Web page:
UPDATE: Since the publishing of this piece, there has been a major shift in the investigation. Various news sources, such as CNN, the New York Times, and the Associated Press report that new evidence is pointing to the possibility that Smollett may have orchestrated the attack. This remains an ongoing investigation.
Jussie Smollett, the black and gay star of hit Fox show Empire, was the victim of what appears to be a hate crime on a Chicago street early Tuesday morning. The actor was alone as he exited a Subway sandwich shop around 2 am when he was approached by two masked people who hurled slurs at him, yelling about “MAGA country” per Smollett’s report. The actor was then physically attacked and doused with a liquid, sustaining a broken rib and injury to his face. Before the attackers ran off, one of them wrapped a noose around his neck.
Chicago detectives currently have no leads on Smollett’s latest attack, unable to find camera footage that reveals the incident or the perpetrators. Smollett is recovering with minor injuries and has received messages of support and sympathy from his fellow actors and other public figures. Tuesday’s attack followed an incident last week in which Fox’s Chicago studio received a death threat containing a white powder, addressed to Smollett, which is being investigated by the FBI.
Smollett Incident Puts Spotlight on Congressional Anti-Lynching Law
Both Senators Kamala Harris and Cory Booker bluntly described Smollett’s attack as an “attempted modern-day lynching.” Senator Gillibrand also publicly condemned the attack. “We are all responsible for condemning this behavior and every person who enables or normalizes it,” she tweeted. Senators Harris and Booker introduced an anti-lynching bill in 2018 that recently passed the Senate and is currently awaiting passage in the House along with President Trump’s signature.
Along with Harris and Booker, Senator Tim Scott of South Carolina and Congressman Bobby Rush of Illinois — all black members of Congress — also had their names attached to the bill. If passed into law, it will classify lynching and attempted lynching as a federal hate crime, finally acknowledging America’s history of lynching marginalized members of society and allowing courts to sentence perpetrators to harsher sentences for attacking or killing another person due to race, color, origin, religious belief, gender, sexual orientation, gender identity, or disability.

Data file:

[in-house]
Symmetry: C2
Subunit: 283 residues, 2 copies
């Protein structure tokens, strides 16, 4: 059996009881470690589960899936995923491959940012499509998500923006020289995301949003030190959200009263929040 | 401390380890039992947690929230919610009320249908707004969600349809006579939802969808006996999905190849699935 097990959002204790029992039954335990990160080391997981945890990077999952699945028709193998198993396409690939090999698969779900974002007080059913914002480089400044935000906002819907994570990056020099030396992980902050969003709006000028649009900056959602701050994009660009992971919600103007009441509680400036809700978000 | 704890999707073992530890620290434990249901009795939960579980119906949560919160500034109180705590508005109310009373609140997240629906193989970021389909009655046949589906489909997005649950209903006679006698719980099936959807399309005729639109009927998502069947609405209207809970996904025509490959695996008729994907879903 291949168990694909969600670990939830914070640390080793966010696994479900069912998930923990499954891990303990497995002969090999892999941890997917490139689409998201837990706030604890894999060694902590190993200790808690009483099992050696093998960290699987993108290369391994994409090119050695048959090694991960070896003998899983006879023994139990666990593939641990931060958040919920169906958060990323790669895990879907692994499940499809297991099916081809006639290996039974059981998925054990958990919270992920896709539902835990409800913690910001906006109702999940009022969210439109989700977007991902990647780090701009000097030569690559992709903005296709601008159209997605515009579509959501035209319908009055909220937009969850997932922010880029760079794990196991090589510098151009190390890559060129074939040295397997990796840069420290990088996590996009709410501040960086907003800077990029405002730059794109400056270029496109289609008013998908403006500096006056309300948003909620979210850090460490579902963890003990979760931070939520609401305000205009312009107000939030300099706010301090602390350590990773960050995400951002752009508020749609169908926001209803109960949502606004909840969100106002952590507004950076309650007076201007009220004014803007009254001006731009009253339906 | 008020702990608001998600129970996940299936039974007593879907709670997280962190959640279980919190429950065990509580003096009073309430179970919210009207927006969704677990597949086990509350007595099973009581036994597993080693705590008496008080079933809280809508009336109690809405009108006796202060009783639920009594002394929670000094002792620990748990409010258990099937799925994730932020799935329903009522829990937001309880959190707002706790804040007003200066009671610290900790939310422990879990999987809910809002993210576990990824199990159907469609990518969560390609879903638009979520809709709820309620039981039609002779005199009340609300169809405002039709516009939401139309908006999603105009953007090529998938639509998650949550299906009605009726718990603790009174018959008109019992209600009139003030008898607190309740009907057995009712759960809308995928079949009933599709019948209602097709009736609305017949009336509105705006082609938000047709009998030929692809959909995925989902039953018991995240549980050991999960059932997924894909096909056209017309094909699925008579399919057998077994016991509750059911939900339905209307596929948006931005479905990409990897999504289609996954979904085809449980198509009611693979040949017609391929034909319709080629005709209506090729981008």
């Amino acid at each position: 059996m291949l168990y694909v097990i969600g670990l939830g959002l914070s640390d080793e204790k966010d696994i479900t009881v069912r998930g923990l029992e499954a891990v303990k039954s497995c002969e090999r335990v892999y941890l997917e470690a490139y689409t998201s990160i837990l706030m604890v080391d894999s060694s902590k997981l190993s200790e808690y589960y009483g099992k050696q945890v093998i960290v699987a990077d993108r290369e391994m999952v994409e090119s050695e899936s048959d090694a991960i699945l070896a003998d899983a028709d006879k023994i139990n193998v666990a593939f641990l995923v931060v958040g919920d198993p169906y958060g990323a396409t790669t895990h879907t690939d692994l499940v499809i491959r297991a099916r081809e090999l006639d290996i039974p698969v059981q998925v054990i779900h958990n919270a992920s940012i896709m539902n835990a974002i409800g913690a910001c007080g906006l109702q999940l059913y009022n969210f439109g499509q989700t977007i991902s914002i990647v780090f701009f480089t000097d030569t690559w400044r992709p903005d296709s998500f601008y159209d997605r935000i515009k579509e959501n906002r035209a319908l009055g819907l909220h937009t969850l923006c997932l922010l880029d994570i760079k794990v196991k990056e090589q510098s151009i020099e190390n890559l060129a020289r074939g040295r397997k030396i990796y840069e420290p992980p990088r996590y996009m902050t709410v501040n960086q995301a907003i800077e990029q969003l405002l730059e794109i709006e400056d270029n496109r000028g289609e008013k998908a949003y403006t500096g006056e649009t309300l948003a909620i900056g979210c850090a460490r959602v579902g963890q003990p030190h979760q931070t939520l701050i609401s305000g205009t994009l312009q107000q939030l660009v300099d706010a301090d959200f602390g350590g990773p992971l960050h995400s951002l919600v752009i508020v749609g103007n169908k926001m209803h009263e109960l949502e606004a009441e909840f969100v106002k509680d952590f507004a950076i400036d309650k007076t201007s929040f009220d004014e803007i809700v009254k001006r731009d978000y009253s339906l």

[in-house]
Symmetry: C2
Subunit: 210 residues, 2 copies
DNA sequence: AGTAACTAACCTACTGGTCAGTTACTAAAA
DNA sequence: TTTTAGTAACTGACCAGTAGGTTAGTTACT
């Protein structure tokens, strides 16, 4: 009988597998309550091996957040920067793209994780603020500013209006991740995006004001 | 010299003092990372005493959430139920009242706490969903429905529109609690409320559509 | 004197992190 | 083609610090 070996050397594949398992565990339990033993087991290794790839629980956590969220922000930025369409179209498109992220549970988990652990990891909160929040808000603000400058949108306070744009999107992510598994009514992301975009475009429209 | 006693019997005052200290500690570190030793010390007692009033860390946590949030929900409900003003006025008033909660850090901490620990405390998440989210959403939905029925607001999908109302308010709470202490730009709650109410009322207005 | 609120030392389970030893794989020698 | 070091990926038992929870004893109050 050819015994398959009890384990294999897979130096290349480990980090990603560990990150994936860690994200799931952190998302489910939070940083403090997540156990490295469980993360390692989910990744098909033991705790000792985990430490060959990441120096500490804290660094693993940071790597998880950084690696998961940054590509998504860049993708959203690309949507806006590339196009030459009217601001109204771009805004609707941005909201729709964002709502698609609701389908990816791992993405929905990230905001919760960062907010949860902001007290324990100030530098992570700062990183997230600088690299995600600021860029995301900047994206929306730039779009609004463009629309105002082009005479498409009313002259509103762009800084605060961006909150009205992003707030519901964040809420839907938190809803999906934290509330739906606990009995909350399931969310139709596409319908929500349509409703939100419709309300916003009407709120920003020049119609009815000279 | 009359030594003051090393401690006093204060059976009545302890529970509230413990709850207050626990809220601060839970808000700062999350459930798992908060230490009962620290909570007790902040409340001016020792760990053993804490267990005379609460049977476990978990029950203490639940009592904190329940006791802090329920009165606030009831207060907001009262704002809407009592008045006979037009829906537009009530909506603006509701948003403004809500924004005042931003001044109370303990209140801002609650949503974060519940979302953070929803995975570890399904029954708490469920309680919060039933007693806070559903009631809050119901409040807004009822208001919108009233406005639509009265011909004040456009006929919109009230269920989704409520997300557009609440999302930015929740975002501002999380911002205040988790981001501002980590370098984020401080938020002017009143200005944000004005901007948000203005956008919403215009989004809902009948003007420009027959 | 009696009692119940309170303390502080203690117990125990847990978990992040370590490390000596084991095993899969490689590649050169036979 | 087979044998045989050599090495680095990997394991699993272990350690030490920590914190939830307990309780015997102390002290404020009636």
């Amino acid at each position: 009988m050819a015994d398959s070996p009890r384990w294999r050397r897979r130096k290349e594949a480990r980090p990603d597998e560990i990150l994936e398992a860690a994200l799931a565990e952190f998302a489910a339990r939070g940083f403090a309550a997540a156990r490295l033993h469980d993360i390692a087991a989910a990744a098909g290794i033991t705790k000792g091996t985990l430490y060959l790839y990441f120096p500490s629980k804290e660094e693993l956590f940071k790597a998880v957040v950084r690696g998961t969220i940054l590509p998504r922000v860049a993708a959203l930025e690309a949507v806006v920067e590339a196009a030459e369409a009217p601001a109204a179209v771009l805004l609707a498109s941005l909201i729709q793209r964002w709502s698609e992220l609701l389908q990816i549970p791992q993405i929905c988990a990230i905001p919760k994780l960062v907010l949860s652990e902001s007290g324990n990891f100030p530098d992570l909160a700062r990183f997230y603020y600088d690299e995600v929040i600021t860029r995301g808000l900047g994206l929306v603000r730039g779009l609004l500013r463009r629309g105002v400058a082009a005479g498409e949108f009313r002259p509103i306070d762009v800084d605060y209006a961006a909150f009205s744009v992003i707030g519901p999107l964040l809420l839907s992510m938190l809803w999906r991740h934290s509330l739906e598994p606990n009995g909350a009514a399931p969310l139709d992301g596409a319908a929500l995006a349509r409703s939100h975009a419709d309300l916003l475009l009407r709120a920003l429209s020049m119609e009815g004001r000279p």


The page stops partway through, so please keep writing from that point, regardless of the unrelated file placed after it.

“U.S. Congressman Bobby L. Rush, D-Ill., has demanded that a federal investigation be launched and used the opportunity to urge fellow legislators to support his proposed “Emmett Till Anti-lynching Act.” https://t.co/8JFLvGSCiF
— Bobby L. Rush (@RepBobbyRush) January 31, 2019
The law would be more than symbolic, as hate crimes have been on the rise in recent years. The New York Times shared FBI statistics that showed an increase of 17 percent from 2016 to 2017. Over half of the reported hate crimes were attributed to issues surrounding race, origin, and ethnicity, while about one out of every six or seven attacks was related to the victim’s sexual orientation.
Long History of Injustice and Opposition to Anti-Lynching Bill
Congress has been trying to pass anti-lynching legislation for decades, but has not yet been able to get the bill past states’ rights advocates and other arguments of veiled racism and bigotry. Most recently, an evangelical group called the Liberty Counsel has vocally opposed allowing the anti-lynching bill to protect members of the LGBTQ community due to the fact that it would be the first instance where LGBTQ victims would be protected by an anti-discrimination bill.
The Liberty Counsel also took an All-Lynchings-Matter stance on the bill and suggested that every single American should be protected by anti-lynching legislation. This suggestion, of course, completely ignores the history and modern-day reality of why lynching happens and fails to acknowledge that specific groups of people have repeatedly been put on deadly trial by members of the public for their appearance, abilities, and beliefs. According to statistics cited by The Guardian, ever since 1900, only one percent of lynchers have ever been convicted of any crime tied to a lynching, though several thousand people have been lynched since the late 1800s — mostly, black men.